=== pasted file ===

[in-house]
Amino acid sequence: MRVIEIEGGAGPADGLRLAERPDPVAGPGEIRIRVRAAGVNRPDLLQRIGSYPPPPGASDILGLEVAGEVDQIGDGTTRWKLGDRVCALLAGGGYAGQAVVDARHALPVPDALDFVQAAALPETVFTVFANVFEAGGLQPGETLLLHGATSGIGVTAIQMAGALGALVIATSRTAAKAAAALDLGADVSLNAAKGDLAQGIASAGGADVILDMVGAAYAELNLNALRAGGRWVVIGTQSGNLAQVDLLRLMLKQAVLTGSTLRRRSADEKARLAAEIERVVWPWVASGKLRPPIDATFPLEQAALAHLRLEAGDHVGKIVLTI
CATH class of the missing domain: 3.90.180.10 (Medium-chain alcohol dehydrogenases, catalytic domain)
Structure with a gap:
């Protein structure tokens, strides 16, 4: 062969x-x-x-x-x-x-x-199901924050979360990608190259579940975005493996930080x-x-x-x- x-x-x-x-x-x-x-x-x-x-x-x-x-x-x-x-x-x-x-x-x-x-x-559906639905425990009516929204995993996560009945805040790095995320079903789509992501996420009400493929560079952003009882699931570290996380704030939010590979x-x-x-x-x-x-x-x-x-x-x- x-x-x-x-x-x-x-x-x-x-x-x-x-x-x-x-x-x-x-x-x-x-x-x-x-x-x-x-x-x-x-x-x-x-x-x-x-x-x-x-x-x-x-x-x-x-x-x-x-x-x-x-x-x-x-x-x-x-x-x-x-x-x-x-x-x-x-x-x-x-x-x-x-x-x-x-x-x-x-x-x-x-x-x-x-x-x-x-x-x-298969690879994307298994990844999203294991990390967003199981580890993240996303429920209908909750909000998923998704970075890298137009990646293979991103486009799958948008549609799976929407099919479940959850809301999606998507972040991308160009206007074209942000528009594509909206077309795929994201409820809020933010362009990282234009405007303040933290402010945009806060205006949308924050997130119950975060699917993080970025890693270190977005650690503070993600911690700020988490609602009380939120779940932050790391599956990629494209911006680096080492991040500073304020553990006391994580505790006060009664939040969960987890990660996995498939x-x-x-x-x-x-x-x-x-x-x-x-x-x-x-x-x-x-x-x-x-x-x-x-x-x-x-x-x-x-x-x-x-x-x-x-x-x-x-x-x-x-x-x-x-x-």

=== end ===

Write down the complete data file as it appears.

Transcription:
[in-house]
Amino acid sequence: MRVIEIEGGAGPADGLRLAERPDPVAGPGEIRIRVRAAGVNRPDLLQRIGSYPPPPGASDILGLEVAGEVDQIGDGTTRWKLGDRVCALLAGGGYAGQAVVDARHALPVPDALDFVQAAALPETVFTVFANVFEAGGLQPGETLLLHGATSGIGVTAIQMAGALGALVIATSRTAAKAAAALDLGADVSLNAAKGDLAQGIASAGGADVILDMVGAAYAELNLNALRAGGRWVVIGTQSGNLAQVDLLRLMLKQAVLTGSTLRRRSADEKARLAAEIERVVWPWVASGKLRPPIDATFPLEQAALAHLRLEAGDHVGKIVLTI
CATH class of the missing domain: 3.90.180.10 (Medium-chain alcohol dehydrogenases, catalytic domain)
Structure with a gap:
């Protein structure tokens, strides 16, 4: 062969x-x-x-x-x-x-x-199901924050979360990608190259579940975005493996930080x-x-x-x- x-x-x-x-x-x-x-x-x-x-x-x-x-x-x-x-x-x-x-x-x-x-x-559906639905425990009516929204995993996560009945805040790095995320079903789509992501996420009400493929560079952003009882699931570290996380704030939010590979x-x-x-x-x-x-x-x-x-x-x- x-x-x-x-x-x-x-x-x-x-x-x-x-x-x-x-x-x-x-x-x-x-x-x-x-x-x-x-x-x-x-x-x-x-x-x-x-x-x-x-x-x-x-x-x-x-x-x-x-x-x-x-x-x-x-x-x-x-x-x-x-x-x-x-x-x-x-x-x-x-x-x-x-x-x-x-x-x-x-x-x-x-x-x-x-x-x-x-x-x-298969690879994307298994990844999203294991990390967003199981580890993240996303429920209908909750909000998923998704970075890298137009990646293979991103486009799958948008549609799976929407099919479940959850809301999606998507972040991308160009206007074209942000528009594509909206077309795929994201409820809020933010362009990282234009405007303040933290402010945009806060205006949308924050997130119950975060699917993080970025890693270190977005650690503070993600911690700020988490609602009380939120779940932050790391599956990629494209911006680096080492991040500073304020553990006391994580505790006060009664939040969960987890990660996995498939x-x-x-x-x-x-x-x-x-x-x-x-x-x-x-x-x-x-x-x-x-x-x-x-x-x-x-x-x-x-x-x-x-x-x-x-x-x-x-x-x-x-x-x-x-x-």